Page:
Yesterday I attended the 7th annual Central Coast Book Festival. Itâ€™s a rather small event held in the charming city of San Luis Obispo, CA (near Pismo Beach). Iâ€™ve had a booth at this event either with SPAWN or on my own almost every year. I think I missed once. While it has always a nice event, this year was particularly enjoyable. I shared a booth with two delightful womenâ€”Dr. Maxine Thompson, former social worker turned author/literary agent/radio show host and more, and her sister, Nancy. Maxine and I also participated together on a panel discussion about publishing. We had a good audience and a good time.
The booth next to us was womanned by members of the SLO NightWriters group. I had met some of these women before at other book festivals and a few years ago when I spoke at one of their meetings. I enjoyed conversing with this array of writers and sending local writers to them to discuss membership in the NightWriters. Likewise, the women at the NightWriters booth directed folks with publishing questions to me. And some of those attendees bought copies of my book, The Right Way to Write, Publish and Sell Your Book.
Another reason why this was a good event is because the attendees were actually buying books. I donâ€™t recall the residents of San Luis Obispo ever being so eager to purchase books. Maxine sold numerous copies of her novels. Copies of my book were flying out of the booth. And I noticed others around us also selling quite a few childrenâ€™s books, memoirs and so forth.
While I rarely make expenses when I participate in the SLO Book Festival, I continue to go there because of the exposure and the camaraderie. This year, in SLO, I made a profit, I got plenty of exposure, I enjoyed a generous helping of camaraderie AND I did some important networking. Here are 10 additional ways that this event worked for me:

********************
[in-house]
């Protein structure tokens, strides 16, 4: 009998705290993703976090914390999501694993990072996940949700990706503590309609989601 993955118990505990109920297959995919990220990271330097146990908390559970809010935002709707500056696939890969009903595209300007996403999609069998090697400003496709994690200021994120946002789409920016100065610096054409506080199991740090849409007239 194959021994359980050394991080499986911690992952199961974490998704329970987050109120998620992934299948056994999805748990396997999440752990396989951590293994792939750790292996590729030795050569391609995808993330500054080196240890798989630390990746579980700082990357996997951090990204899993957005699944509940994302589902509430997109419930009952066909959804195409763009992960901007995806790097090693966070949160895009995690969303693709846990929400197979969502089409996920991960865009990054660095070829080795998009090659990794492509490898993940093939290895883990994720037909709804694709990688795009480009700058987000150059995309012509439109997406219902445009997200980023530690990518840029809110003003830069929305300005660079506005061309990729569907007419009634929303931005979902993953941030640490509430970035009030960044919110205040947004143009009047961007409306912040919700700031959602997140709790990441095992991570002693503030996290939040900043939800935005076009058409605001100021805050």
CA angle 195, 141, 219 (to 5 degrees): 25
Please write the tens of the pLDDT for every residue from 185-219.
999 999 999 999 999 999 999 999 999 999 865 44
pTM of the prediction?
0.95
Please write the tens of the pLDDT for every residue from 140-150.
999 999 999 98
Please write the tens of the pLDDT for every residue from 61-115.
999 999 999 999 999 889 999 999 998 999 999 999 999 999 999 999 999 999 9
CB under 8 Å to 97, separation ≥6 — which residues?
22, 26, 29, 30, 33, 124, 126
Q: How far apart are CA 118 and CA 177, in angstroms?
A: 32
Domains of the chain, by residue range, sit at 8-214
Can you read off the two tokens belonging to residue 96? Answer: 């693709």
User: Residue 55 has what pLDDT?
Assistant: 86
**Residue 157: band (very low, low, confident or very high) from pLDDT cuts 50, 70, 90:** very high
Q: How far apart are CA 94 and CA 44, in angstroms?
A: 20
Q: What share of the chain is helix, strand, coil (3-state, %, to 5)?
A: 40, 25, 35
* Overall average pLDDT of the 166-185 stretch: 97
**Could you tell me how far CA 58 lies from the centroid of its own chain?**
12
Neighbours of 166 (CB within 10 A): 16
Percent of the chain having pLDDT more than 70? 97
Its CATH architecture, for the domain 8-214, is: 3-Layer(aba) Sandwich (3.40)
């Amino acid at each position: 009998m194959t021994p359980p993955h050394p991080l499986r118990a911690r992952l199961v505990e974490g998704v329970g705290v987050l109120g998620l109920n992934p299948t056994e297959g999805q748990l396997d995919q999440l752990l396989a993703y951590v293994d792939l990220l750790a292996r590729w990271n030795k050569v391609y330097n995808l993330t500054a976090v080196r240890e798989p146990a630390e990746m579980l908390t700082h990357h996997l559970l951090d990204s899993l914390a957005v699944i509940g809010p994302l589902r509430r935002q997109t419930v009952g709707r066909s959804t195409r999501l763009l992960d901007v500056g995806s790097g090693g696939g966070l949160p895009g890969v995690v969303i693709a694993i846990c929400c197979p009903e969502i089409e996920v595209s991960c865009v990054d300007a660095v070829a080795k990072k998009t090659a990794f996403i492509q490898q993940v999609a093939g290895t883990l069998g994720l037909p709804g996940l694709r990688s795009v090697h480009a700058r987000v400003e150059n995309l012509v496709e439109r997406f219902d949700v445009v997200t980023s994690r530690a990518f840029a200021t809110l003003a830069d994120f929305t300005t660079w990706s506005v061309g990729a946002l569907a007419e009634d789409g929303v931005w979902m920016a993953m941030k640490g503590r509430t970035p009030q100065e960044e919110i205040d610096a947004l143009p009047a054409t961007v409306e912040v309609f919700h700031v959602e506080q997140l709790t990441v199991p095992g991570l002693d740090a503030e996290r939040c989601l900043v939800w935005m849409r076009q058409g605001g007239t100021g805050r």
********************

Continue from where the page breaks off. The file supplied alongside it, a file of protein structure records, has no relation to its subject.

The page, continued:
1. Iâ€™ll feature Maxine in an upcoming issue of the SPAWN Market Update. I know that our members will enjoy reading about this literary agent and learning how to get on her Internet radio shows.
2. I also got a copy of Maxineâ€™s Hush Hush Secrets to Writing Fiction That Sells to review for an upcoming issue of SPAWNews.
3. Maxine, on the other hand, wants to interview me on one of her shows.
4. I made a connection with the NightWriters that will probably result in a speaking engagement. Their membership is over 100 now, so this could be a lucrative opportunity.
5. I met a man who is soliciting articles for his local literary journalâ€”Iâ€™ll report this opportunity to SPAWN members.
6. I connected face-to-face with a few SPAWN members whom I only get to see at events such as these.
7. I met about 25 writers and authors at various stages of their workâ€”most of whom had questions and some of whom may eventually purchase one or more of my books or they might come to me for a consultation or other help with their projects.
8. I got some ideas for new articles. Authorsâ€™ questions often generate new article ideas.
9. I had a drawing for a free book and came home with the email addresses for about two dozen writers to add to my mailing list.
10. My book got exposure that it wouldnâ€™t have received had I stayed in my home office and had I kept the book in the dark closet.